The ongoing construction of global sustainability reporting standards is a significant change at the heart of the world’s economic engine. It should neither hinder nor betray the spirit of efforts over the past 40 years to progress towards sustainable development.

Stakeholders, including investors, now publicly claim that sustainability reporting standards must take into account the impact of organizations on economies, environment and society and facilitate the transition to sustainable development.

In order to take into account the impact of organizations on the environment and society, it is necessary to use the so-called "double materiality" approach. On the one hand, it is necessary to have socio-environmental information that impacts the activity of organizations, but also to know the impact of the activity of organizations on the environment and society.

The double materiality approach, which allows these two dimensions to be taken into account, is already used by many players, and gives the private sector the means to demonstrate that its sustainability strategy is effective, not only through its financial results but also by showing how a company addresses its stakeholders (employees, suppliers, customers, communities, investors, etc.) and our planet (climate, biodiversity). Double materiality is also critical to sovereign entities investing for the long term as recently indicated by the World Bank and the NGFS.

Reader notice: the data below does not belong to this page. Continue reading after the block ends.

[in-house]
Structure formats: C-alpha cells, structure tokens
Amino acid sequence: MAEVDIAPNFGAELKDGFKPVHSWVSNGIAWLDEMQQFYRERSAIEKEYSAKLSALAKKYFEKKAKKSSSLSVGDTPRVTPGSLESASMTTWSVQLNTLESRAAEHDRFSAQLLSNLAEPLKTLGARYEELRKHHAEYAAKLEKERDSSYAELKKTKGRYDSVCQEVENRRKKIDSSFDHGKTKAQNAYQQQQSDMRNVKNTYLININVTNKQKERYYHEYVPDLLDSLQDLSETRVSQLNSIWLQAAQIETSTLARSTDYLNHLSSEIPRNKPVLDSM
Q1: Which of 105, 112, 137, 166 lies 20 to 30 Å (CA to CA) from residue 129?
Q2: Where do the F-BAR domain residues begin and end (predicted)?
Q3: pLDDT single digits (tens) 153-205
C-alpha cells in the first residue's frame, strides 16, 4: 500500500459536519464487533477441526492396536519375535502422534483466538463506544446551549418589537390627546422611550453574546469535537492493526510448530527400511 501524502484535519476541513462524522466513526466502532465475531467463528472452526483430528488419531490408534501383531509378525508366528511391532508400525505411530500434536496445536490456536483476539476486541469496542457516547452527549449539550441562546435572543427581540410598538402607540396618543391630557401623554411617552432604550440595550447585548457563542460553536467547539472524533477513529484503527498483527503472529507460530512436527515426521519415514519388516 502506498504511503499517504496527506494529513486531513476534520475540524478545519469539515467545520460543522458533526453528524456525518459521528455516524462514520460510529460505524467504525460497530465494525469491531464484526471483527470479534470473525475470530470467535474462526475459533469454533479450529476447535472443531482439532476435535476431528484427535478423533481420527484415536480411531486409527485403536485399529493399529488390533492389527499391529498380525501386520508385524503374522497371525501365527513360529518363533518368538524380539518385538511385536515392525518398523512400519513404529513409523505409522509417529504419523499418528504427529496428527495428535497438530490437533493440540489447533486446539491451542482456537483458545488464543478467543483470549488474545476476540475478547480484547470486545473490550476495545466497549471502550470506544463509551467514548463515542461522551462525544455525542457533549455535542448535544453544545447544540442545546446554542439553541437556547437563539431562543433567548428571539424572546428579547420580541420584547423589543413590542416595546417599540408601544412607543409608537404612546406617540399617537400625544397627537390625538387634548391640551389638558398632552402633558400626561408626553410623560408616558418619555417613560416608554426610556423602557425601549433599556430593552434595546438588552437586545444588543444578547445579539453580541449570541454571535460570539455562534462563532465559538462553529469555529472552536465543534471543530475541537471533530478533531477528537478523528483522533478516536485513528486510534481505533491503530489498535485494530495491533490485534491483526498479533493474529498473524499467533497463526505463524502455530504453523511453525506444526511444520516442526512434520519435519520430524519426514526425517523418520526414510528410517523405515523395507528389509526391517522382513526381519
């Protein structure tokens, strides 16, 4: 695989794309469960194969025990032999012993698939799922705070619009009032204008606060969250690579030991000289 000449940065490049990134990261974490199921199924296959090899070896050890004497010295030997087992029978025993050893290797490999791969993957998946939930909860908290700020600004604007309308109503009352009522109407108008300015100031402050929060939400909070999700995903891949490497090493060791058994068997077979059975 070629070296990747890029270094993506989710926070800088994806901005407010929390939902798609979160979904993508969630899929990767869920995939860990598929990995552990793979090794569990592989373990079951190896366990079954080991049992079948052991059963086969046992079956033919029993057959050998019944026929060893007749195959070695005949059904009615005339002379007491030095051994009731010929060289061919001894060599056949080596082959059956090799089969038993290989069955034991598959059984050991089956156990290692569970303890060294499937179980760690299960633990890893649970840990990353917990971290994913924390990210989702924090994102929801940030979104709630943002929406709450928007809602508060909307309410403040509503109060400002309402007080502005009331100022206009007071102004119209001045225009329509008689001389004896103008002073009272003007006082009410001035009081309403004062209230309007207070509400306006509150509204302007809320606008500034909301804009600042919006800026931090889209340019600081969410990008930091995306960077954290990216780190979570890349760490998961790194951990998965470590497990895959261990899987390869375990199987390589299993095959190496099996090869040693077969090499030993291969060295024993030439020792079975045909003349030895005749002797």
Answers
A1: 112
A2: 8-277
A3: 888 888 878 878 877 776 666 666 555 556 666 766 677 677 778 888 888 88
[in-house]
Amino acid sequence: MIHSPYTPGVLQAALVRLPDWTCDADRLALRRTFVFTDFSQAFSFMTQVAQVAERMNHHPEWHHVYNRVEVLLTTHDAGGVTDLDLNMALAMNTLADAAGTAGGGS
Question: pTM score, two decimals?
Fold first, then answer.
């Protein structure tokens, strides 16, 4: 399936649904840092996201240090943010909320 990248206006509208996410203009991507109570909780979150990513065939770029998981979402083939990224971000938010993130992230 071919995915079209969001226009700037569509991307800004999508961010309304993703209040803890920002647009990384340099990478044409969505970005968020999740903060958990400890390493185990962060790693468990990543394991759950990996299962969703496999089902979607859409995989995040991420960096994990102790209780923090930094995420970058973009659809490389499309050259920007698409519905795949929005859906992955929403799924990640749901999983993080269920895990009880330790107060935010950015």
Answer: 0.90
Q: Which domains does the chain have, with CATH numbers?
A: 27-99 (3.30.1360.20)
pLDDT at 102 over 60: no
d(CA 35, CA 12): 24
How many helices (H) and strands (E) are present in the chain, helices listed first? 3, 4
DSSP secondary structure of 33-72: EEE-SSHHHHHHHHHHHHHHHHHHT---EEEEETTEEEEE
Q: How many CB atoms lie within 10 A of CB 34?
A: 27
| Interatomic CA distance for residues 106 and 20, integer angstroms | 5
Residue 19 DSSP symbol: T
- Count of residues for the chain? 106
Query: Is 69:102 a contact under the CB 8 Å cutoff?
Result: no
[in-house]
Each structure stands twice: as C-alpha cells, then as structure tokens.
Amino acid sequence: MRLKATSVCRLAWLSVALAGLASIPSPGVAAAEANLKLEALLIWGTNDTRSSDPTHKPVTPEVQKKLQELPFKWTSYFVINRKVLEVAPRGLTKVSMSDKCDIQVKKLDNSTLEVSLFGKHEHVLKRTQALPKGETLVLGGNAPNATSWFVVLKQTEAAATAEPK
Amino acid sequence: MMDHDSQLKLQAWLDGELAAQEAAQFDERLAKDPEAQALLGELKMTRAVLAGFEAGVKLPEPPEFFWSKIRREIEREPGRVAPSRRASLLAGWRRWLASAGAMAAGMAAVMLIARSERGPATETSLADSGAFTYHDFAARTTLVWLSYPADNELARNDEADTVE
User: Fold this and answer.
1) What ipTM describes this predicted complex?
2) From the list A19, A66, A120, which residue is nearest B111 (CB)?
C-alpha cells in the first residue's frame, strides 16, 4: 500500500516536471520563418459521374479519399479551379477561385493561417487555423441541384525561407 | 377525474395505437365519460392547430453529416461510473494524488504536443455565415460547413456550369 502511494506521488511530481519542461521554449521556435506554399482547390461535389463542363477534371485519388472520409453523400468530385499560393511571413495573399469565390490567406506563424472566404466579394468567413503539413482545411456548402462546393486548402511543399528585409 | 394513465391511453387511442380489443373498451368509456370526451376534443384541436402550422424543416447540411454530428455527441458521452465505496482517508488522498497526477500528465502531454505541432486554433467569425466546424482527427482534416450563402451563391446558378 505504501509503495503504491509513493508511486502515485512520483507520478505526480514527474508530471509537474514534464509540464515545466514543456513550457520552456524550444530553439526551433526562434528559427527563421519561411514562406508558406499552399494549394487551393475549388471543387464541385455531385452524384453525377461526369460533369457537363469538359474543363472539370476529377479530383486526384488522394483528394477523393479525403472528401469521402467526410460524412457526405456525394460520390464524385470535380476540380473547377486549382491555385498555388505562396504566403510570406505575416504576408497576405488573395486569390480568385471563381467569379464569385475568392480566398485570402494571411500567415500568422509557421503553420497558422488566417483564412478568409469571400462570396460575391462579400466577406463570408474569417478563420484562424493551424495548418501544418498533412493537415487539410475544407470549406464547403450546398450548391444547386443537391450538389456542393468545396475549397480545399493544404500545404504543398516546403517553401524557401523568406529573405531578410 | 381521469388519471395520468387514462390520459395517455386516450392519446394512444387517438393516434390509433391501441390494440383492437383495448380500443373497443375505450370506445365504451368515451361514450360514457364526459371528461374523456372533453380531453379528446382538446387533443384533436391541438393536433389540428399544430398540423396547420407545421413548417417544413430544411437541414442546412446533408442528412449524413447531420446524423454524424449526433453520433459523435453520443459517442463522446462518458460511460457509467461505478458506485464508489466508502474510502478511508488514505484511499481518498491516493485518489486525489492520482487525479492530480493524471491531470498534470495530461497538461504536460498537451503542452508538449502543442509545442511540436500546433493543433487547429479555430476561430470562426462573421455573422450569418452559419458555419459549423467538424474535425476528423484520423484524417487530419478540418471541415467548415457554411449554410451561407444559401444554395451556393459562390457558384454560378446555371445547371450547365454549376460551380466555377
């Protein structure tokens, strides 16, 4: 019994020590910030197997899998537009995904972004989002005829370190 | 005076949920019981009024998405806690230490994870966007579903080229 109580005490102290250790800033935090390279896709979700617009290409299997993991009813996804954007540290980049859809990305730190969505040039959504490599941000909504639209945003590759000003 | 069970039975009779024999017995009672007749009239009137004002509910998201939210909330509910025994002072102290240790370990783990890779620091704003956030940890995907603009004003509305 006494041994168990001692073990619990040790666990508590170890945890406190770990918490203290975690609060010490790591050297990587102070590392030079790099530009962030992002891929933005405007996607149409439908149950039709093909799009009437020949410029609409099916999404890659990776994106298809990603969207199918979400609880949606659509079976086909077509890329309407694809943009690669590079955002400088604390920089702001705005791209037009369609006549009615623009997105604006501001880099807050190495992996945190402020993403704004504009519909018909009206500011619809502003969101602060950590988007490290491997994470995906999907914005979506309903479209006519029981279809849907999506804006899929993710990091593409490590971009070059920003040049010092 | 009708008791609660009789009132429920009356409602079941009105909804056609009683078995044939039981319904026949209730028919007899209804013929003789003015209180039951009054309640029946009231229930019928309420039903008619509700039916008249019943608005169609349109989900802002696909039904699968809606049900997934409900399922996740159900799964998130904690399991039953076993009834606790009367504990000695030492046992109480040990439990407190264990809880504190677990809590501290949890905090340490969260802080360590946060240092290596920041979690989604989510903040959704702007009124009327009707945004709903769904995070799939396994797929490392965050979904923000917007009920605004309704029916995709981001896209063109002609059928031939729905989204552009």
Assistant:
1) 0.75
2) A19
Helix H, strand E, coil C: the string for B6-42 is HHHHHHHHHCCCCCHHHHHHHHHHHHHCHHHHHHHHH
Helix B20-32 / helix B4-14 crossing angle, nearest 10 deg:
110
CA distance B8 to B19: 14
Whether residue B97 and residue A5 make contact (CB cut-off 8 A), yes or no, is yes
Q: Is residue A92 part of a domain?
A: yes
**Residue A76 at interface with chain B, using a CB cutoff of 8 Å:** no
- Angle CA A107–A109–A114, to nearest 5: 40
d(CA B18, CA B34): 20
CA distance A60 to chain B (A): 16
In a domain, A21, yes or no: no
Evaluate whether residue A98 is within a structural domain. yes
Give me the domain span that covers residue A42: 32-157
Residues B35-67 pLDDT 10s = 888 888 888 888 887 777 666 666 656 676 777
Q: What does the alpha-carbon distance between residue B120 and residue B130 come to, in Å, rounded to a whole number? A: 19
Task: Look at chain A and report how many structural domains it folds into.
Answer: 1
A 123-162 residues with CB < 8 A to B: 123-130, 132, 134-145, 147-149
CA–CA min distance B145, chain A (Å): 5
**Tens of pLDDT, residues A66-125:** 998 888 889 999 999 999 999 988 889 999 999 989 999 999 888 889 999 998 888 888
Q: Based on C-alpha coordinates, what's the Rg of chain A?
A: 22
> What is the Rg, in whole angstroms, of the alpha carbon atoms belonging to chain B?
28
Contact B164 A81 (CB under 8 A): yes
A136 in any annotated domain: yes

It is by enabling connections between these two pillars that companies will have a coherent framework for putting sustainability at the heart of their business model.

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